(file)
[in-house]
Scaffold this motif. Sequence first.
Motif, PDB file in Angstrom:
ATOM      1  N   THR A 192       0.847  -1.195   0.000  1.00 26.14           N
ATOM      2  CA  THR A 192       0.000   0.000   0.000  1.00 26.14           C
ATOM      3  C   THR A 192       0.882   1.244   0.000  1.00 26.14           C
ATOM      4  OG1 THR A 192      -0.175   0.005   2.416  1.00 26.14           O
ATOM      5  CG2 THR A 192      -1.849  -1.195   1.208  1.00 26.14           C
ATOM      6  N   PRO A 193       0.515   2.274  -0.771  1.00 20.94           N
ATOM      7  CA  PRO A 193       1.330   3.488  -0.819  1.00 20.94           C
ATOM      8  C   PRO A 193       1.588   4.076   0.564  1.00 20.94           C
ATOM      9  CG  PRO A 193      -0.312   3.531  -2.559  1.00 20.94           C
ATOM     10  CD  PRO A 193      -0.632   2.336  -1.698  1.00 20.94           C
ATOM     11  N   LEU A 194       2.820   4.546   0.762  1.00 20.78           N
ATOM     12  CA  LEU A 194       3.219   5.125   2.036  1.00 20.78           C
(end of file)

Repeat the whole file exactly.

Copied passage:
[in-house]
Scaffold this motif. Sequence first.
Motif, PDB file in Angstrom:
ATOM      1  N   THR A 192       0.847  -1.195   0.000  1.00 26.14           N
ATOM      2  CA  THR A 192       0.000   0.000   0.000  1.00 26.14           C
ATOM      3  C   THR A 192       0.882   1.244   0.000  1.00 26.14           C
ATOM      4  OG1 THR A 192      -0.175   0.005   2.416  1.00 26.14           O
ATOM      5  CG2 THR A 192      -1.849  -1.195   1.208  1.00 26.14           C
ATOM      6  N   PRO A 193       0.515   2.274  -0.771  1.00 20.94           N
ATOM      7  CA  PRO A 193       1.330   3.488  -0.819  1.00 20.94           C
ATOM      8  C   PRO A 193       1.588   4.076   0.564  1.00 20.94           C
ATOM      9  CG  PRO A 193      -0.312   3.531  -2.559  1.00 20.94           C
ATOM     10  CD  PRO A 193      -0.632   2.336  -1.698  1.00 20.94           C
ATOM     11  N   LEU A 194       2.820   4.546   0.762  1.00 20.78           N
ATOM     12  CA  LEU A 194       3.219   5.125   2.036  1.00 20.78           C